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A Web Letter from the Office of the Provost - March 2021

By Mary Jane Chew

Did you know: The Registrar’s Office

In our Focus on Staff section, we are highlighting the people and units at Purdue that are inspiring our next giant leap.

This month’s focus is on the Purdue Registrar’s Office. Registrar, Keith Gehres shares how the employees of this dedicated unit have responded to the challenges of the past year.

Q: How long have you been in your position?

A: I have been at Purdue and in my position for two and a half years.

Q: In addition to course registration and commencement, what other areas does your office manage?

A: The Registrar’s Office supports and is responsible for:

  • Publishing our academic catalog and keeping all academic curricula changes updated;
  • Academic classroom scheduling that includes the creation and publishing of the schedule of classes for each term;
  • Support of and processes associated with course/grade/deadline appeals, enrollment certifications, electronic and paper transcripts;
  • Evaluation and posting of non-PWL courses as transfer credit;
  • Support and management of our degree audit tool, myPurduePlan, and processes related to degree clearance;
  • Managing the residency reclassification process for in-state tuition on behalf of the University, serve as the experts on campus related to FERPA, serve as the student data steward;
  • Manage and lead campus wide efforts to support the Pre-Registration process as well as enrollment optimization collaboration with campus partners.

Q: What was the first priority/challenge for your team when the pandemic began to affect Purdue?

A: As with offices and colleagues across campus, first priority/challenge was how to ensure our team would be able to safely and effectively continue to work on behalf of and in support of our students and campus partners. Once we addressed the challenge of staff working remotely, we focused every day on creating a new virtual commencement experience from scratch in a matter of weeks and we also provided support for the academic changes being made in preparation for the fall 2020 semester.

The decision to hold a virtual commencement for Spring 2020 provided an unprecedented challenge for our commencement team and I could not be prouder of the experience that was created for our graduates and their families. While it seemingly happened overnight, the dedication and effort behind the scenes was an everyday commitment in order to provide our graduates a ceremony designed to Purdue’s standards and to meet the safety regulations put in place. I can attest personally from many conversations with my peers at institutions across the country, our virtual ceremonies and our commencement in a box that were mailed to every graduate were the envy of many.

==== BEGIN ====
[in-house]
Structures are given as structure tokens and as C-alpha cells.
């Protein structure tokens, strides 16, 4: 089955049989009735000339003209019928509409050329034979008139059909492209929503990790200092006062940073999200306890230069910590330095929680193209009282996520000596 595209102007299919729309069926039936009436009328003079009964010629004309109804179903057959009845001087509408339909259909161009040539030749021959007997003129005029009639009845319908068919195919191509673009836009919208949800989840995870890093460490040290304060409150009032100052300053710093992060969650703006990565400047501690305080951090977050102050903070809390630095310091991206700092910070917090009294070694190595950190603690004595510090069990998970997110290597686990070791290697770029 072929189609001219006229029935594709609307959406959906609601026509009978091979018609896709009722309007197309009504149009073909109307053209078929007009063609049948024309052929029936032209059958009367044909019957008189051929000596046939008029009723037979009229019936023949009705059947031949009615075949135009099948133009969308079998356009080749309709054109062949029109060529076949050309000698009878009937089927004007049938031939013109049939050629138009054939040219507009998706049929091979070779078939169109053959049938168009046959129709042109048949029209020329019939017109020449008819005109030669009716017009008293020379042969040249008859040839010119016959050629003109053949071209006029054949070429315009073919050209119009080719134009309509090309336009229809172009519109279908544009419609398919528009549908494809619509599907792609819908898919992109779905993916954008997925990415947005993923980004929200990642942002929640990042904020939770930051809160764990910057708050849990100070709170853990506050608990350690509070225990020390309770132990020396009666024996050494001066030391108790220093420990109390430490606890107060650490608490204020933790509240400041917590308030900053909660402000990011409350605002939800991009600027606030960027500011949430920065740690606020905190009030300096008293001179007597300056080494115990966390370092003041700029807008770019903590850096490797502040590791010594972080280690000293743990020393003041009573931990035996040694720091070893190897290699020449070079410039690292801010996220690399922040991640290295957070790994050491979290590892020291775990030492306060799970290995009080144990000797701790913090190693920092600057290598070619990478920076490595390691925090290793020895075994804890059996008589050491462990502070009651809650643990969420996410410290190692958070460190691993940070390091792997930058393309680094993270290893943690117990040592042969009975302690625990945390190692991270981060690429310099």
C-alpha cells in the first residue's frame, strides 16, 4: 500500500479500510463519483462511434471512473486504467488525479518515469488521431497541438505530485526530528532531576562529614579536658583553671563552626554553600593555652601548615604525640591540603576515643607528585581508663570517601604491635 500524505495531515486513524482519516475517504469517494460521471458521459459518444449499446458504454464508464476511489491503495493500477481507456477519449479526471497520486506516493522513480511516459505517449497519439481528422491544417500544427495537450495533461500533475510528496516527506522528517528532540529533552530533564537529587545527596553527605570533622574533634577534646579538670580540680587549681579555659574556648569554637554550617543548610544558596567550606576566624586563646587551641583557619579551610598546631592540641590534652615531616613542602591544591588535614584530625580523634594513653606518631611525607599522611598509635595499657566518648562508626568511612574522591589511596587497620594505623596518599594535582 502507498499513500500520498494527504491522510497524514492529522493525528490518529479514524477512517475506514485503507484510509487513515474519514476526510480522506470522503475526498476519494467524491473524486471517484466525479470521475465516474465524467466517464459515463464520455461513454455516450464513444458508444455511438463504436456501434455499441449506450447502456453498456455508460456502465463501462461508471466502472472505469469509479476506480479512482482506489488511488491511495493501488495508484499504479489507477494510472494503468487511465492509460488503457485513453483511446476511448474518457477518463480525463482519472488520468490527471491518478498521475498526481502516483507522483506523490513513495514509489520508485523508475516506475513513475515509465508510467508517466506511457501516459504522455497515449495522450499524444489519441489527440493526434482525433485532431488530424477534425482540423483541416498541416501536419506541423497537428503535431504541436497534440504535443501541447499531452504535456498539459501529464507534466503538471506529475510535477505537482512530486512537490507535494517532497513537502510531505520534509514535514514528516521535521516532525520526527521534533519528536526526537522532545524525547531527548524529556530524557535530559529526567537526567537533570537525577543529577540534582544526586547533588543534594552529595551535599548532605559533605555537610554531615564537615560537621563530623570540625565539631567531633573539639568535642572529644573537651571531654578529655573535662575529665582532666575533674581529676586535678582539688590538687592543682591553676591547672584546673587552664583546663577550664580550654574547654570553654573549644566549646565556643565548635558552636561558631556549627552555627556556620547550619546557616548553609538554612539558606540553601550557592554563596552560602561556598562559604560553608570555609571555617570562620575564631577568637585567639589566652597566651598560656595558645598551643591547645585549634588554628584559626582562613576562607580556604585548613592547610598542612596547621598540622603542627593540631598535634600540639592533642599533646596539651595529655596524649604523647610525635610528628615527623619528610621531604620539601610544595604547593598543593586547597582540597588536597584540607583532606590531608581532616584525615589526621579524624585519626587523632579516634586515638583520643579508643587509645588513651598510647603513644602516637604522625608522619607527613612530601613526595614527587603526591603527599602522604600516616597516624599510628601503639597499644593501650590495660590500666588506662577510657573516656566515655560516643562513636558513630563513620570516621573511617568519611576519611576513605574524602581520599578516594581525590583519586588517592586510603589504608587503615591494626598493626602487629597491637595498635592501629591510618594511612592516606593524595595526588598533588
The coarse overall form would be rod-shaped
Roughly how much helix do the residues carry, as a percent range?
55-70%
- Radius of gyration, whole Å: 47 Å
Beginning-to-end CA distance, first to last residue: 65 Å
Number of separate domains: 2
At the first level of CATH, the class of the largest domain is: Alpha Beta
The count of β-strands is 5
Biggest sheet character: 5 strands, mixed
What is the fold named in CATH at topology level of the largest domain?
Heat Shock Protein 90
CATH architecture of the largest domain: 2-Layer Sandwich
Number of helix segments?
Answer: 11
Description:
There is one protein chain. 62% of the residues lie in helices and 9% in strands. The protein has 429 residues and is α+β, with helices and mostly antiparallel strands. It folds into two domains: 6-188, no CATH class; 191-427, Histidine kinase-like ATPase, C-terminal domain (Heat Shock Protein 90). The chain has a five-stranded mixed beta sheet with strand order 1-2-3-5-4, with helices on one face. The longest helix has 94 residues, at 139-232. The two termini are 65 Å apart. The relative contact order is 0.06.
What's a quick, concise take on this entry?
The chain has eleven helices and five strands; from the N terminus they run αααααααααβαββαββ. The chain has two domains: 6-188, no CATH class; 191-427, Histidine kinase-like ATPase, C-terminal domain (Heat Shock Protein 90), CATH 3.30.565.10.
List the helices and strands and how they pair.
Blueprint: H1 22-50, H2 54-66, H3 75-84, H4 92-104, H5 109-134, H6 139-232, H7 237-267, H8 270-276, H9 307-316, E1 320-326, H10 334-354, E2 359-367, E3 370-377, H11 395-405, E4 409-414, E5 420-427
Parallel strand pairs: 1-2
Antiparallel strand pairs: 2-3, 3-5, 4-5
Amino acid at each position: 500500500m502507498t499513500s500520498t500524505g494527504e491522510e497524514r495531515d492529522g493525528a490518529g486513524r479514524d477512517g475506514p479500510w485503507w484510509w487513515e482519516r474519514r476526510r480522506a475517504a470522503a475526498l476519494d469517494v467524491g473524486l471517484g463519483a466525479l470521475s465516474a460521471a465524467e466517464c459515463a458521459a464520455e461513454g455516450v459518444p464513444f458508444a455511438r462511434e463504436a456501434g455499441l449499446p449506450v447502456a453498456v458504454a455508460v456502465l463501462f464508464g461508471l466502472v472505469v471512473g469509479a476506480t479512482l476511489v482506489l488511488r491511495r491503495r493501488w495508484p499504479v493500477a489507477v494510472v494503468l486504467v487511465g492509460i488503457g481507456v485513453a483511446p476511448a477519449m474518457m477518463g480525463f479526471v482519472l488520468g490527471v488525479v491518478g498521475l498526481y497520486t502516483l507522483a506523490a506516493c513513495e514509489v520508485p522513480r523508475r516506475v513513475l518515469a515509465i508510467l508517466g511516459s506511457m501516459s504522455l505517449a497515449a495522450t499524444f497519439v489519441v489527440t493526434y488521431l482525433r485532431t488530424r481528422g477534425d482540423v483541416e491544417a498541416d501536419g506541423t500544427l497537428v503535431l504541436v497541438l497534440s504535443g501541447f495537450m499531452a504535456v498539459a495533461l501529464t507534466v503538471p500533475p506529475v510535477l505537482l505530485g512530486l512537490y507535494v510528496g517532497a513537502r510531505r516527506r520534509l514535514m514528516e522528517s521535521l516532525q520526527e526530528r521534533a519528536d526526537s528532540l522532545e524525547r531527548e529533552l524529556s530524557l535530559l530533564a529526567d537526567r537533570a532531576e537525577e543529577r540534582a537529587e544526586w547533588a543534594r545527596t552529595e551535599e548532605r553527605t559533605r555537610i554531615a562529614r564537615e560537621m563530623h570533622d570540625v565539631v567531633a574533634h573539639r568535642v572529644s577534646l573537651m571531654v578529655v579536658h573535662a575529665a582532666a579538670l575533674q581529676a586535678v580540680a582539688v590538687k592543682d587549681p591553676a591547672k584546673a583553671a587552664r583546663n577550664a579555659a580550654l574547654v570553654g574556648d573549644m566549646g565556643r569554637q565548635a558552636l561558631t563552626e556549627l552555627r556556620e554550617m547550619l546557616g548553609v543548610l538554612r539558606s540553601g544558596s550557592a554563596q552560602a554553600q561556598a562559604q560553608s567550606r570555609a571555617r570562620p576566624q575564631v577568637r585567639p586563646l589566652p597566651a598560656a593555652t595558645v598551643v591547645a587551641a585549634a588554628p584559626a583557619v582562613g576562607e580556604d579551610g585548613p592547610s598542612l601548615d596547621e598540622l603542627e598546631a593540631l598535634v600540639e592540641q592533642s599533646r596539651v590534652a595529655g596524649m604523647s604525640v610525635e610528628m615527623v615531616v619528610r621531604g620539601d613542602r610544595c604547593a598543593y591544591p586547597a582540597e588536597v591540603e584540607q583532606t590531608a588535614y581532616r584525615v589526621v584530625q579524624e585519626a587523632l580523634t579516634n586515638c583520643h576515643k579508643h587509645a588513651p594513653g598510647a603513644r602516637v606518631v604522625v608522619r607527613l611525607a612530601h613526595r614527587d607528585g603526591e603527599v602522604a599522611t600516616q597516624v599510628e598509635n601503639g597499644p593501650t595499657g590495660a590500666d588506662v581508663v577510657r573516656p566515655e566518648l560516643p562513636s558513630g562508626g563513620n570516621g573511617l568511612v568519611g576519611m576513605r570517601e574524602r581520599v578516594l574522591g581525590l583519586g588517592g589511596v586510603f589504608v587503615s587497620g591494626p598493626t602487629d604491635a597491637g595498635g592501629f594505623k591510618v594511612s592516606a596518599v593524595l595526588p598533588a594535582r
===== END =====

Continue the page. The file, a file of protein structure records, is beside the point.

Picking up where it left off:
Additionally, we would normally transition from continuing students registering for fall semester classes in the spring to helping support our new beginner students registering during STAR/VSTAR. However, last summer we needed to identify and create an entirely new process to support the schedule changes needed for almost all PWL students. This resulted in not only changes to hundreds of classes and thousands of sections but also the class schedules for our residential students as well as helping to support the new needs for our fully online experience. The collaboration between partner offices, schedule deputies, department heads, academic advisors, and so many more across campus lead to the successes we achieved as a university. However, I’m clearly biased when I say that no unit worked harder to support this work than what I saw every day from my team.

Q: Any specific thoughts or anecdotes to share about how your staff has met the pandemic challenge?

A: Having just completed the self-assessment as part of the performance management process, I was both surprised at how difficult it was to think back on all we accomplished this past year and also incredibly proud at everything our team did. Every single person focused on the work that needed to get done and understood that we all were working hard together, and that everything we were doing had a direct effect on the experiences of our campus partners and most importantly, our students. If we do our jobs well, then our work tends to be seamless and behind the scenes. Our goal is always to focus on how best to support the needs of all students and to work as collaborative and supportive as possible with our campus partners.

Q: If all goes as currently planned, what will spring commencement look like?

A: It will be unlike any other commencement program in the history of Purdue. That statement both excites and terrifies me. What many might not know is that all our Commencement related activities are led by a small but very mighty team of three in my office. This team is helping create this historic program alongside countless campus and community partners. Our outdoor ceremony, in Ross Ade Stadium, will be a blend of what makes our traditional commencement programs so unique to Purdue while adhering to the Protect Purdue health and safety guidelines. From the very first meeting we had with the President regarding this possibility, we all agreed that if this was a viable option, we were going to make it the best experience possible for our graduates and their families. Additionally, the separate ceremony with our doctoral students will provide the opportunity for a more traditional hooding ceremony while still meeting the same Protect Purdue health and safety guidelines.

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